Do they make a small pocket-sized camera that will allow me to reduce the shutter speed, bump up the ISO a bit and get a better chance at a non-blurred picture if my subjects moves WITHOUT getting a grainy, noisy mess?

..help appreciated...

Thx.

PS: I'm no photographer....I've snapped some nice pics, mind you, but I'm not an ISO/Light Meter type of guy....I basically just get in the mood to snap pics of the kids and I go at it for 10 or 15 minutes when the light is right.



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Old Jul 3, 2006, 2:20 AM   #2
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I was in the same position a couple of years ago.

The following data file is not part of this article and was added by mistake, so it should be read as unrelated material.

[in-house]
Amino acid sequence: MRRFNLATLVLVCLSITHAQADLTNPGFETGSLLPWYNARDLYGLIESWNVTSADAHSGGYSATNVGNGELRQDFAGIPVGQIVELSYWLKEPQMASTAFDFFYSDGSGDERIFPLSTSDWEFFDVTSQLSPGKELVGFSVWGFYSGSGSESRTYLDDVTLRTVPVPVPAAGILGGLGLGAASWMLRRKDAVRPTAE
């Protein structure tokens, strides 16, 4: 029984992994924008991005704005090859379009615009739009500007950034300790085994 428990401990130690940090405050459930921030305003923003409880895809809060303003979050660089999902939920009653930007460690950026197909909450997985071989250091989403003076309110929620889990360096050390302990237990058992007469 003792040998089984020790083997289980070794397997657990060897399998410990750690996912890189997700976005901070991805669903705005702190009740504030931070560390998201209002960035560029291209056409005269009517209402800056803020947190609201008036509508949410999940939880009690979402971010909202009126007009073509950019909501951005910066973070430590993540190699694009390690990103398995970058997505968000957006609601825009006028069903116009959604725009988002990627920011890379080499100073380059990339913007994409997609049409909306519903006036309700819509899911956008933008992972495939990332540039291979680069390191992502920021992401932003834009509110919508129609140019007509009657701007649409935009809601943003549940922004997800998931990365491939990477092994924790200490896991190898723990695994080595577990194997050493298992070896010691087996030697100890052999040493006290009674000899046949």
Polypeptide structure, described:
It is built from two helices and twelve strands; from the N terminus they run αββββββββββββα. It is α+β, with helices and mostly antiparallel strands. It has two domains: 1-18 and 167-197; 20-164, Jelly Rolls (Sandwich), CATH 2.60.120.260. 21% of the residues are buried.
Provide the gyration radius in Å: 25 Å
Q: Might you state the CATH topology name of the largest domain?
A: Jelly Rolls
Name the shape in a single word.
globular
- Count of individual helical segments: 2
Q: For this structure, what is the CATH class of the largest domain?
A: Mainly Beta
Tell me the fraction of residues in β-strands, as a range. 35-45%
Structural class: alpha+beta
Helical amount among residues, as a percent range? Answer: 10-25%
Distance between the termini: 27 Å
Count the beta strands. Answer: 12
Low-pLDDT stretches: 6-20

Shooting kids indoors without flash needs high ISO.

Get a DSLR, the entry-level models now are really not that expensive, and in Auto mode are no harder to use than the small cameras.
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Old Jul 3, 2006, 3:28 AM   #3
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Anyone else read the headline and think for a second that he wasn't talking about cameras?
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Old Jul 3, 2006, 4:47 PM   #4
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Why not take a look at either the Fuji F-10 or F-30 that both have high ISO capability. It would be a less costly solution thanthe cheapest consumerDSLR camera.

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Old Jul 4, 2006, 8:49 AM   #5
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...:lol:

Clashman wrote:
Quote:
Anyone else read the headline and think for a second that he wasn't talking about cameras?
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Old Jul 5, 2006, 8:52 PM   #6